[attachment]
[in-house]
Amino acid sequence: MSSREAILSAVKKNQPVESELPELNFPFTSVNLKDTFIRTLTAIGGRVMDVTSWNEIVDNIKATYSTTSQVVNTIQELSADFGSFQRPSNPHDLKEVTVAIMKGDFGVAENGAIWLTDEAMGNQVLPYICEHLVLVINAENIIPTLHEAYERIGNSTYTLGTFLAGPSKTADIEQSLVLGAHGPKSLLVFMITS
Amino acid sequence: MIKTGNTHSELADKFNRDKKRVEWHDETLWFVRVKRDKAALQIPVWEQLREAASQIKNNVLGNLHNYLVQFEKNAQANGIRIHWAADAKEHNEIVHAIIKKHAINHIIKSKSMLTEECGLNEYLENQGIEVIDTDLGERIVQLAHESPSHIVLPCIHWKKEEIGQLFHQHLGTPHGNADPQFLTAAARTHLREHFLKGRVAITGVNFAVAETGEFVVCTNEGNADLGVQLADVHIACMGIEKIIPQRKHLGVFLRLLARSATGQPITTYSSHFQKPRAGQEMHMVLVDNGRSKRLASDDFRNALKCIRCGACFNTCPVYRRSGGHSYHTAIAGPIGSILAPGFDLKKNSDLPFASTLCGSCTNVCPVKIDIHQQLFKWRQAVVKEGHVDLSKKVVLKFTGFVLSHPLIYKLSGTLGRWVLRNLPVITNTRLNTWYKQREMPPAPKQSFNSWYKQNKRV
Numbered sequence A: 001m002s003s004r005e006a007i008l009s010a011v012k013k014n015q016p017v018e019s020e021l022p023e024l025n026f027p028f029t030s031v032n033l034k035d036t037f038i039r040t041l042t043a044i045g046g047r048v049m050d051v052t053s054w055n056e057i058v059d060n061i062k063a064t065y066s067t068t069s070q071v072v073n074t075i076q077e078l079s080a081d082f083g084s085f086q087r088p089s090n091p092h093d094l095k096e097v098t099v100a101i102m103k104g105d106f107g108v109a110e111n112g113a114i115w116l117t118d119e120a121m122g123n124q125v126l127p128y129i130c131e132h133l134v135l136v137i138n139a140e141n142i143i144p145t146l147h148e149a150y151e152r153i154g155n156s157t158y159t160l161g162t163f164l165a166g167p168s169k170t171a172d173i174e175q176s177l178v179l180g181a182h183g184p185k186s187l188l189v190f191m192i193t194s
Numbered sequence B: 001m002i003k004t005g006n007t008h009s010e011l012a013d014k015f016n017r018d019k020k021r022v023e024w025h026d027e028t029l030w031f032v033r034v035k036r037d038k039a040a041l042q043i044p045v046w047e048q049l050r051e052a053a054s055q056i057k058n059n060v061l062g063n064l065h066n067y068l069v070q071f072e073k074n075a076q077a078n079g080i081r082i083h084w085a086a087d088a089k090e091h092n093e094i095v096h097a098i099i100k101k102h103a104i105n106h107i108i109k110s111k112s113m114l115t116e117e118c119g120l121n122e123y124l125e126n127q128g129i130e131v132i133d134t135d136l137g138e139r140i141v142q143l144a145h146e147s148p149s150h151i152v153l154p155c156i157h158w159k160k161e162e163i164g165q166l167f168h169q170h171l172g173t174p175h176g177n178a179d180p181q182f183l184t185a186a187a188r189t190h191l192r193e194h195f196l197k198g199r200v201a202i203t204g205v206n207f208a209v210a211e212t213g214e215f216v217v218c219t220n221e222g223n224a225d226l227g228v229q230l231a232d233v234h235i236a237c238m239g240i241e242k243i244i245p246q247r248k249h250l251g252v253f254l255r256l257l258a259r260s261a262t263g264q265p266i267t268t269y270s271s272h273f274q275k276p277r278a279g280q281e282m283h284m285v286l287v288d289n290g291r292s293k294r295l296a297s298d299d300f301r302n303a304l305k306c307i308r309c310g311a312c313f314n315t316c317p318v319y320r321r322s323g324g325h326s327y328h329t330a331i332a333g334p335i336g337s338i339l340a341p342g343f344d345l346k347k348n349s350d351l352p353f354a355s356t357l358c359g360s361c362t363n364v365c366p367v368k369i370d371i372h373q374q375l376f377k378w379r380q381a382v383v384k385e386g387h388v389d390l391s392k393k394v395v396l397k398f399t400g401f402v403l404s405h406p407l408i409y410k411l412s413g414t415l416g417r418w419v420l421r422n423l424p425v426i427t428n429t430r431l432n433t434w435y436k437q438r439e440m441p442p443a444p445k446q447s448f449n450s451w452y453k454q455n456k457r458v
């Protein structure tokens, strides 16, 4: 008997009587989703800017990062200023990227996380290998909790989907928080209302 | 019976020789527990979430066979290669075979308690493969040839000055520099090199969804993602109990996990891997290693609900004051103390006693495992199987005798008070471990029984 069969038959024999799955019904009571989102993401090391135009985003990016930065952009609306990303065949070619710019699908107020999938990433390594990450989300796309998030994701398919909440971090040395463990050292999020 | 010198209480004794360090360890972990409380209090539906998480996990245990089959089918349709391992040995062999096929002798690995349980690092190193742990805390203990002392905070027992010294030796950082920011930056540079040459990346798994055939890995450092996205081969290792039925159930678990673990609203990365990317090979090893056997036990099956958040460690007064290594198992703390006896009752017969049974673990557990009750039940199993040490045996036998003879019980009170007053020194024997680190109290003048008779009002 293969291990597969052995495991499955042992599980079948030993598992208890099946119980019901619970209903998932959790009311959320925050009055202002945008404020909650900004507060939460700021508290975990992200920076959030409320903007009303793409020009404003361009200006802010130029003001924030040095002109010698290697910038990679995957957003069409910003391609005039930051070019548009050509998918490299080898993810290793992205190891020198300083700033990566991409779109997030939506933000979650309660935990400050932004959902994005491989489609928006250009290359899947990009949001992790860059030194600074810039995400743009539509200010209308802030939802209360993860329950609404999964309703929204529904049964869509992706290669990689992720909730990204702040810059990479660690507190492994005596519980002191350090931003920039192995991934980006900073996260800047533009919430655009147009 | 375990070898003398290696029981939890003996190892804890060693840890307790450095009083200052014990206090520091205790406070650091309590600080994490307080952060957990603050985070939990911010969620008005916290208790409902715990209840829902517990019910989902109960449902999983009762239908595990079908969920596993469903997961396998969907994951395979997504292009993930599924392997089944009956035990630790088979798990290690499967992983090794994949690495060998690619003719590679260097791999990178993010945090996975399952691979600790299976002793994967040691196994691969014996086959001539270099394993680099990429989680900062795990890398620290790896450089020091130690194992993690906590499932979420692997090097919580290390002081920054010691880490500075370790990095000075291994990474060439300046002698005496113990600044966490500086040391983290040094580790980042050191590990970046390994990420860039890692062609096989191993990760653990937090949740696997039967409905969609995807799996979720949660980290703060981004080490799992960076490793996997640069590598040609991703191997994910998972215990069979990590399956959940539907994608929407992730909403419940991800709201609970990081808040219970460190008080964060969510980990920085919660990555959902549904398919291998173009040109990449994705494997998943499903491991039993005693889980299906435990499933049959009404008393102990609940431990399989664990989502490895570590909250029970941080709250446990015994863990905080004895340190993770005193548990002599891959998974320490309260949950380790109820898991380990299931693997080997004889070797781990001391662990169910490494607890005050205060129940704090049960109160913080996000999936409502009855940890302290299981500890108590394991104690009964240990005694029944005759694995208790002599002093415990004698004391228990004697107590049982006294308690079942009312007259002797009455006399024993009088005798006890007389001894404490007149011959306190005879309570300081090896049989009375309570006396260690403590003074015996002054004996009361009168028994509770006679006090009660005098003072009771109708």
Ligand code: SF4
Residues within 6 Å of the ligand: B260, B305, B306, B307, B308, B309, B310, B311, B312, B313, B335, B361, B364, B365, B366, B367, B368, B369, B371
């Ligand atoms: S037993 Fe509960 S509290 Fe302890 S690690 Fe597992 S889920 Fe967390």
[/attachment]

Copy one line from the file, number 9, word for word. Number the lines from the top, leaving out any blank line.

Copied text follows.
């Ligand atoms: S037993 Fe509960 S509290 Fe302890 S690690 Fe597992 S889920 Fe967390």